Until a complete cure is found, many of those dealing with spinal muscular atrophy along with any loved ones in their life will continue to look for better treatment options for this genetic neurological condition.
Although the FDA has approved two types of medications that can help with some of the symptoms in some age groups, they aren’t necessarily able to offer relief to everyone, including some older people who are trying to deal with the condition later in life. But one useful option is physical therapy.
The team at Accredited Home Care works with or has worked with several clients who suffer from spinal muscular atrophy, so we’re familiar with how the disease can affect the brain and body.
We are always happy to connect any clients with the skilled physical therapists and physical therapy assistants on our staff. Either position has extensive experience working with a variety of medical conditions, including spinal muscular atrophy.
Research has found that physical therapy is one treatment that has been found to offer value to people, starting with some immediate relief after a treatment. The physical therapist or physical therapist assistant can also create a series of exercises that a client can perform on a regular basis. These can further build up his or her strength and flexibility and begin to reverse some of the damage taking place in the brain and body.
Learning more about SMA
Whether you’re a physical therapist or a family member, it’s important to start learning about spinal muscular atrophy, which is often abbreviated as SMA.
The National Institute of Neurological Disorders and Stroke reports that at its basic level, SMA is a disease that decays certain motor neurons in the spinal cord and brain stem. The neurons are often the ones that control physical activity in the body, which can be general tasks like walking or speaking but can also affect the movements that control breathing and swallowing.
Without these neurons to tell the muscles what to do and when to move and send signals to the muscles, the affected muscles gradually become weaker until they stop working or move by themselves by twitching.
Motor neurons control movement through the whole body, which includes legs and feet, arms and hands, chest, throat, and tongue.
There are a variety of types of spinal muscular atrophy that affect people differently and at different ages. In some cases, it may cause general weakness in certain muscle groups. In others, the combination of muscles not working throughout the body, especially the lungs or throat, may cause people to have difficulties breathing and eventually death. It can also cause physical changes, such as a curved spine.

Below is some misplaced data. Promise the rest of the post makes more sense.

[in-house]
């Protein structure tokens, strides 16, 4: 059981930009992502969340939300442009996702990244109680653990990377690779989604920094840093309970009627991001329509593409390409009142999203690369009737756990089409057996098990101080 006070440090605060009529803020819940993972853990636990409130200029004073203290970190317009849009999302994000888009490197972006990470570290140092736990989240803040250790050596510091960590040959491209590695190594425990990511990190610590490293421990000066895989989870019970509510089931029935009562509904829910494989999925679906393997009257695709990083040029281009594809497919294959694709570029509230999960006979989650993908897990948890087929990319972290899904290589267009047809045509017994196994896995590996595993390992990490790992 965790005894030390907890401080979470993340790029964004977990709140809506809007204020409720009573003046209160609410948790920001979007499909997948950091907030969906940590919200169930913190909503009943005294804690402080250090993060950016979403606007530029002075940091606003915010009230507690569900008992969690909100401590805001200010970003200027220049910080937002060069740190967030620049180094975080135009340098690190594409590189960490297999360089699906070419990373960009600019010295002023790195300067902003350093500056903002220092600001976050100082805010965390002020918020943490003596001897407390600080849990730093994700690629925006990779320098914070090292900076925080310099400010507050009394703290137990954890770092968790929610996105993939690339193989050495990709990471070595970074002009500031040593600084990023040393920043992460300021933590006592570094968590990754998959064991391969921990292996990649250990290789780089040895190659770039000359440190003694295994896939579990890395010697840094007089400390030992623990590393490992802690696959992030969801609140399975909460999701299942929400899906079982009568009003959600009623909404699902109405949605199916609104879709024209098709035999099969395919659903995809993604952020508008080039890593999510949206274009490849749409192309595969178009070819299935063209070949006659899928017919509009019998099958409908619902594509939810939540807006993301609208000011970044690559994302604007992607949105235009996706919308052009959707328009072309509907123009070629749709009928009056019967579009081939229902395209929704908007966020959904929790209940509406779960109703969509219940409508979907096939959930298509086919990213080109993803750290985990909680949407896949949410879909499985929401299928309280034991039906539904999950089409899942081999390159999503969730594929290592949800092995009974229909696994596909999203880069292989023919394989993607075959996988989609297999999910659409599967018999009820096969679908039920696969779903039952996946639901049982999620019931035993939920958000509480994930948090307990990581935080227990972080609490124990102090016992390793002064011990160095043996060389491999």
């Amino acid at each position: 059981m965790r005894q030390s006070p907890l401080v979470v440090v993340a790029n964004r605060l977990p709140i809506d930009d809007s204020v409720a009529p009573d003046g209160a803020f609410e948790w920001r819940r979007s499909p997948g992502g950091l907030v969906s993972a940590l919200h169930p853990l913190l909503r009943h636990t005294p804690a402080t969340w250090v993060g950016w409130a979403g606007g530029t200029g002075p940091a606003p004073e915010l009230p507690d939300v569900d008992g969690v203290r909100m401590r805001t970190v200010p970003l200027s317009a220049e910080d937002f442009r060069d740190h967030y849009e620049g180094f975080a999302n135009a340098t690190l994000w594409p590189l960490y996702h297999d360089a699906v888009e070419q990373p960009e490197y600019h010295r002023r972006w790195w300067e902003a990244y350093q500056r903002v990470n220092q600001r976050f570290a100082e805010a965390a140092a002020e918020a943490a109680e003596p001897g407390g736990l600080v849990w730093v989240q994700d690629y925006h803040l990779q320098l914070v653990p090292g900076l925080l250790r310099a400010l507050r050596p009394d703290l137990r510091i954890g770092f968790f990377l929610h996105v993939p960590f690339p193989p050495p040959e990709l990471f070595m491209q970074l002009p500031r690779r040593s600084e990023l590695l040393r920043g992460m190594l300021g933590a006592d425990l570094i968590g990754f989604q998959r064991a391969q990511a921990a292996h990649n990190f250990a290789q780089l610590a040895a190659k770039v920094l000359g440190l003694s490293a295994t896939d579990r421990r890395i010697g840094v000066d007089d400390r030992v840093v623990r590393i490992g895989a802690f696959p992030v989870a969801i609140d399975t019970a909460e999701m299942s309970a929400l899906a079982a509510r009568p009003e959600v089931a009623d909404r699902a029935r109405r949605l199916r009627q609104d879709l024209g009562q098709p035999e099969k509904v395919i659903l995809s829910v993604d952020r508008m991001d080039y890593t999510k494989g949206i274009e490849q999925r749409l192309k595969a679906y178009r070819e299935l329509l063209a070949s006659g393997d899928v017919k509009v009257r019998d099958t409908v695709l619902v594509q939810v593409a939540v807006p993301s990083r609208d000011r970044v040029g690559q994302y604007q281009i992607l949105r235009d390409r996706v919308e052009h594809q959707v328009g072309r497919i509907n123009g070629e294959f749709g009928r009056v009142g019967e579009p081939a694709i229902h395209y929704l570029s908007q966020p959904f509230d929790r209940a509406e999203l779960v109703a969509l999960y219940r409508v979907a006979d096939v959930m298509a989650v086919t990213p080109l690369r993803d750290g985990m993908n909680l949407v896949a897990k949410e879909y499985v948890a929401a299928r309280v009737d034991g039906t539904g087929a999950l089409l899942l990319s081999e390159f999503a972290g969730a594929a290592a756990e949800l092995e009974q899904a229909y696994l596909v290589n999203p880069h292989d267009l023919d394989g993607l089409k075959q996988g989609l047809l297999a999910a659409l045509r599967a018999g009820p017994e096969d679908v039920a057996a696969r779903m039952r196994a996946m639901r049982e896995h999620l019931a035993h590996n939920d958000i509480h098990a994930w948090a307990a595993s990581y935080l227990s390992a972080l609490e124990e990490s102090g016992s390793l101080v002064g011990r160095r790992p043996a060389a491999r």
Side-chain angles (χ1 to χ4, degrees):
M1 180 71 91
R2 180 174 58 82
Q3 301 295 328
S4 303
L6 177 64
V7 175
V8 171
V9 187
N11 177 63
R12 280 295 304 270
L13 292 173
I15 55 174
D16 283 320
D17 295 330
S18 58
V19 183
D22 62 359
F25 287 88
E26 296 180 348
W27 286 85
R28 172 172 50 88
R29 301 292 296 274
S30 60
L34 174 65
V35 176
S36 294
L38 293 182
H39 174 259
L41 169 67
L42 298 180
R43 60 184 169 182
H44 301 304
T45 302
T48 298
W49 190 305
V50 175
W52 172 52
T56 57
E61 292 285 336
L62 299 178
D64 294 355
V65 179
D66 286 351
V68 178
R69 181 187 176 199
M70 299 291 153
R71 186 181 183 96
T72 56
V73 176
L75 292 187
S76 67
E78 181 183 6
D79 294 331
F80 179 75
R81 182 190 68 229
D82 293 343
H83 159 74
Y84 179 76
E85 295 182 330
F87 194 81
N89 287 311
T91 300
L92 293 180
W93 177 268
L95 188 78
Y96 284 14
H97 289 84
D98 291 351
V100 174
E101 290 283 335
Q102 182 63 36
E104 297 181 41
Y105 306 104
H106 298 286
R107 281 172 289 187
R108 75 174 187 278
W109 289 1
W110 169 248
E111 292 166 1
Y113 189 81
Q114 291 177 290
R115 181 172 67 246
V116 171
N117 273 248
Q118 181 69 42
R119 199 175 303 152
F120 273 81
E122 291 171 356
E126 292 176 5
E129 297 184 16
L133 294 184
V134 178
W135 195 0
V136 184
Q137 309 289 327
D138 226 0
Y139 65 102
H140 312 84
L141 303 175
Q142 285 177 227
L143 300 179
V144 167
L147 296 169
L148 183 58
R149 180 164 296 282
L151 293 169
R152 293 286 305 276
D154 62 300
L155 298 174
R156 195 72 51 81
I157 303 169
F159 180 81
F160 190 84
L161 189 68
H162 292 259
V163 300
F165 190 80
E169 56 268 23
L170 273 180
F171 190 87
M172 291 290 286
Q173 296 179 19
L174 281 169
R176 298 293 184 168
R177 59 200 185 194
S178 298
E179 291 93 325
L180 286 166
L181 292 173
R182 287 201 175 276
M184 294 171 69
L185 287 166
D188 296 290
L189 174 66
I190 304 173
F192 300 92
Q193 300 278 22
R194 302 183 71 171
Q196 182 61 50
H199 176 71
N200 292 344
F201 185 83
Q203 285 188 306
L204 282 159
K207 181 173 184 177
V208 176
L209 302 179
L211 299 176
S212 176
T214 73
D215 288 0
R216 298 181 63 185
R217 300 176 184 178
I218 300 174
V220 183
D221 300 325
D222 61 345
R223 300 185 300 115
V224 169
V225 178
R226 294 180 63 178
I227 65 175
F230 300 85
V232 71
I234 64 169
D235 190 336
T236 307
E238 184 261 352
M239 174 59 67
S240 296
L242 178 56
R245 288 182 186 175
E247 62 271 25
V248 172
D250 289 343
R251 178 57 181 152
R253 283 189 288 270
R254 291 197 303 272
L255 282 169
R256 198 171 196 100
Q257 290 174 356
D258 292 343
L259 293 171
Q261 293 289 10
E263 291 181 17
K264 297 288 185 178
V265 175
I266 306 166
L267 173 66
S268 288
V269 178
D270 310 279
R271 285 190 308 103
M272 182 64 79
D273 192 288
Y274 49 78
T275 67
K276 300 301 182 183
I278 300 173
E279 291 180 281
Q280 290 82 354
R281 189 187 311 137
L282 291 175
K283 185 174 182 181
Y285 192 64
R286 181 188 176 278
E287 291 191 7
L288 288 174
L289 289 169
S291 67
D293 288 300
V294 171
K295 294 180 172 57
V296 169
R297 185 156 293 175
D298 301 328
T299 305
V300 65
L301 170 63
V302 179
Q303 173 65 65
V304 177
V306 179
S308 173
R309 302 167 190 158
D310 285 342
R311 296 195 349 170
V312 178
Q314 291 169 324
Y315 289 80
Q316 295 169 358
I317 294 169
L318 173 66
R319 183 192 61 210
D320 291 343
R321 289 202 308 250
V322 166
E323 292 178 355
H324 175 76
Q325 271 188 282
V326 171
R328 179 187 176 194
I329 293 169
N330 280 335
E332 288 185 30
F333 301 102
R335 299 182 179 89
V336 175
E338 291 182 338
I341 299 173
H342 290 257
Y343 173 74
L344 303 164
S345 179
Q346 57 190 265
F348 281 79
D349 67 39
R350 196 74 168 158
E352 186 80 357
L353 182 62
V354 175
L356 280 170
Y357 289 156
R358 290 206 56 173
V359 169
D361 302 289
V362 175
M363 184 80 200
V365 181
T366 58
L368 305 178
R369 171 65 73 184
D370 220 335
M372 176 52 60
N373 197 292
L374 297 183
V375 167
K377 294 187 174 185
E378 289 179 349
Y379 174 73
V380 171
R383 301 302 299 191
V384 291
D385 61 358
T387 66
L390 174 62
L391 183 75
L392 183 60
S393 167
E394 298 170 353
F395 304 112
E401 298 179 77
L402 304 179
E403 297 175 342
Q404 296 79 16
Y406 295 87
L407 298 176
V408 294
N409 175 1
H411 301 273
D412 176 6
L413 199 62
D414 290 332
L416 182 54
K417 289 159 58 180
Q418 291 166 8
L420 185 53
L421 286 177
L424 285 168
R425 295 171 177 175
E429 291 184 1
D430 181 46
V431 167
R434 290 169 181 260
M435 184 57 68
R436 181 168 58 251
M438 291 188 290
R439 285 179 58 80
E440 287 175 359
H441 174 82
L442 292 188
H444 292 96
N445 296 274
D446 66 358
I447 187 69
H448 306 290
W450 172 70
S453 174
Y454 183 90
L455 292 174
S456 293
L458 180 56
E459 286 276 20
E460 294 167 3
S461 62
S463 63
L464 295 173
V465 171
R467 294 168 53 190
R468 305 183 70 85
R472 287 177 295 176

SMA is caused by a missing protein somewhere in certain people’s genetic code. It’s technically a mutation that controls certain motor neurons. It’s also considered the most common genetic-based cause of death in infants.
Researchers have identified four main types of SMA, starring with SMA 1. This one usually appears quickly in infants 6 months or less and can be seen as problems with moving limbs, breathing problems, or difficulties swallowing. This condition may disrupt normal childhood growth patterns especially around areas of walking and building certain movements. This particular type has a large number of deaths.
SMA Type II usually is noticed when someone is between 6 months old and 18 months old. It has similar commonly affected movement and motions as well as higher amounts of breathing problems. It can also lead to death before the teen years.
Type 3 is also something that children suffer from and can show up after 18 months. It can affect coordination and similar activities and usually begins with weaker arms and legs. Tremors or twitching is also possible. People with this condition may have fewer respiratory problems so fewer chances of it being fatal.
The fourth type is the one that is more common in adults and includes weakness in certain muscle groups and general deterioration.
The FDA has approved a few pharmaceutical options to slow some of the symptoms, including Spinraza/nusinersen and Evrsdi/risdiplam. Another product designed for young patients is Zolgensma, which is intended to correct damaged genes via a one-time injection.
Other medical professionals suggest that regulating diet can have a role in slowing the rate of muscle weakness.
Regular physical therapy is seen as another useful solution. This can strengthen muscles that the condition may try to weaken. Therapy may keep certain muscles moving on a regular basis that would normally be deteriorating.
Physical therapy can improve the range of motion of limbs that might have already been affected. It can also teach how to use certain assistive devices that may be needed, everything from a cane, walker, or orthotics to help with balance, a wheelchair, or a speech synthesizer for someone unable to speak anymore.
A physical therapist can also work with a client to teach different ways of walking and general mobility. They can also team with an occupational therapist to improve other skills.
Overall, because SMA touches so many lives, many people are interested in a cure or other options. For those who want to learn more, check out https://www.curesma.org/sma-awareness-month/ which gives details about SMA Awareness Month. This runs all through August although there are many events planned at the beginning of the month.